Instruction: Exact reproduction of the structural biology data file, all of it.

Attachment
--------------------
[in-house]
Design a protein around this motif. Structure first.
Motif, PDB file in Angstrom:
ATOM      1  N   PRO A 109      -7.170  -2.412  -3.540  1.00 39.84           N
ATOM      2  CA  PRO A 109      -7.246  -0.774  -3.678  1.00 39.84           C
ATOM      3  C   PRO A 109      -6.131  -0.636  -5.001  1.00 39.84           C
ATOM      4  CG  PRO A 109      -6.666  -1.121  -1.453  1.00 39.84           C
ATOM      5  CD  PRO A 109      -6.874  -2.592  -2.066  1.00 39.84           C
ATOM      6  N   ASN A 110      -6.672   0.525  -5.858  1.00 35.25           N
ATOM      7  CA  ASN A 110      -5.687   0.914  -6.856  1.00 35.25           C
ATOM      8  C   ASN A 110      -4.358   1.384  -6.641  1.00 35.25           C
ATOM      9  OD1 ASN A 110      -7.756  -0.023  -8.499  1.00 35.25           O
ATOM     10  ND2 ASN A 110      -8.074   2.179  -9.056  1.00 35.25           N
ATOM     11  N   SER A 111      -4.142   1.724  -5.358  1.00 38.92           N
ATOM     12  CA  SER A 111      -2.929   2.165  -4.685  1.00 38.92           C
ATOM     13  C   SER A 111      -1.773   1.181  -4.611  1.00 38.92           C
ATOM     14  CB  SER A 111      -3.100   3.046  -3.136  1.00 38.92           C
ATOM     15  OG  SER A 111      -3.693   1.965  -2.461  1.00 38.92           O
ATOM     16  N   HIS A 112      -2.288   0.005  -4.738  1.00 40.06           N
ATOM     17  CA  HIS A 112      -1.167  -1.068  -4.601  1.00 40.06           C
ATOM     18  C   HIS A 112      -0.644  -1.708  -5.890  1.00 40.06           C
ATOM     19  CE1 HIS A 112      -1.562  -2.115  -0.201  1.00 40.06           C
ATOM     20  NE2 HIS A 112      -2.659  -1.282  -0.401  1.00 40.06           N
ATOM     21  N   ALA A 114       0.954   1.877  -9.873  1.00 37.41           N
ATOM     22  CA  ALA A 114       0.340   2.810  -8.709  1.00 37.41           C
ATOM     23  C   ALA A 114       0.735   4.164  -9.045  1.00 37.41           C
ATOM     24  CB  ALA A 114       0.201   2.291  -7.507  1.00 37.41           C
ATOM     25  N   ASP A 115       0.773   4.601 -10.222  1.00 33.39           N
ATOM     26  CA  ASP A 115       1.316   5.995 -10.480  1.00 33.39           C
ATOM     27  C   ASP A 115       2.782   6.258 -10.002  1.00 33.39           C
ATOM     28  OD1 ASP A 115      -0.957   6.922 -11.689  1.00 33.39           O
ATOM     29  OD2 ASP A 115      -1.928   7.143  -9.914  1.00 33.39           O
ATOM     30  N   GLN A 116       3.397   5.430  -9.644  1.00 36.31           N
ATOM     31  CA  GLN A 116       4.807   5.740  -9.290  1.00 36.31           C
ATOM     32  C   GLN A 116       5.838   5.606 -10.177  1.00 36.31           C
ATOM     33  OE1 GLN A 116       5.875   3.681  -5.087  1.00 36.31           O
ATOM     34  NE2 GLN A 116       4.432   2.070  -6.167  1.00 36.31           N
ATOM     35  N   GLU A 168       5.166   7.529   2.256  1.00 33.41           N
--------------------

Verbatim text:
[in-house]
Design a protein around this motif. Structure first.
Motif, PDB file in Angstrom:
ATOM      1  N   PRO A 109      -7.170  -2.412  -3.540  1.00 39.84           N
ATOM      2  CA  PRO A 109      -7.246  -0.774  -3.678  1.00 39.84           C
ATOM      3  C   PRO A 109      -6.131  -0.636  -5.001  1.00 39.84           C
ATOM      4  CG  PRO A 109      -6.666  -1.121  -1.453  1.00 39.84           C
ATOM      5  CD  PRO A 109      -6.874  -2.592  -2.066  1.00 39.84           C
ATOM      6  N   ASN A 110      -6.672   0.525  -5.858  1.00 35.25           N
ATOM      7  CA  ASN A 110      -5.687   0.914  -6.856  1.00 35.25           C
ATOM      8  C   ASN A 110      -4.358   1.384  -6.641  1.00 35.25           C
ATOM      9  OD1 ASN A 110      -7.756  -0.023  -8.499  1.00 35.25           O
ATOM     10  ND2 ASN A 110      -8.074   2.179  -9.056  1.00 35.25           N
ATOM     11  N   SER A 111      -4.142   1.724  -5.358  1.00 38.92           N
ATOM     12  CA  SER A 111      -2.929   2.165  -4.685  1.00 38.92           C
ATOM     13  C   SER A 111      -1.773   1.181  -4.611  1.00 38.92           C
ATOM     14  CB  SER A 111      -3.100   3.046  -3.136  1.00 38.92           C
ATOM     15  OG  SER A 111      -3.693   1.965  -2.461  1.00 38.92           O
ATOM     16  N   HIS A 112      -2.288   0.005  -4.738  1.00 40.06           N
ATOM     17  CA  HIS A 112      -1.167  -1.068  -4.601  1.00 40.06           C
ATOM     18  C   HIS A 112      -0.644  -1.708  -5.890  1.00 40.06           C
ATOM     19  CE1 HIS A 112      -1.562  -2.115  -0.201  1.00 40.06           C
ATOM     20  NE2 HIS A 112      -2.659  -1.282  -0.401  1.00 40.06           N
ATOM     21  N   ALA A 114       0.954   1.877  -9.873  1.00 37.41           N
ATOM     22  CA  ALA A 114       0.340   2.810  -8.709  1.00 37.41           C
ATOM     23  C   ALA A 114       0.735   4.164  -9.045  1.00 37.41           C
ATOM     24  CB  ALA A 114       0.201   2.291  -7.507  1.00 37.41           C
ATOM     25  N   ASP A 115       0.773   4.601 -10.222  1.00 33.39           N
ATOM     26  CA  ASP A 115       1.316   5.995 -10.480  1.00 33.39           C
ATOM     27  C   ASP A 115       2.782   6.258 -10.002  1.00 33.39           C
ATOM     28  OD1 ASP A 115      -0.957   6.922 -11.689  1.00 33.39           O
ATOM     29  OD2 ASP A 115      -1.928   7.143  -9.914  1.00 33.39           O
ATOM     30  N   GLN A 116       3.397   5.430  -9.644  1.00 36.31           N
ATOM     31  CA  GLN A 116       4.807   5.740  -9.290  1.00 36.31           C
ATOM     32  C   GLN A 116       5.838   5.606 -10.177  1.00 36.31           C
ATOM     33  OE1 GLN A 116       5.875   3.681  -5.087  1.00 36.31           O
ATOM     34  NE2 GLN A 116       4.432   2.070  -6.167  1.00 36.31           N
ATOM     35  N   GLU A 168       5.166   7.529   2.256  1.00 33.41           N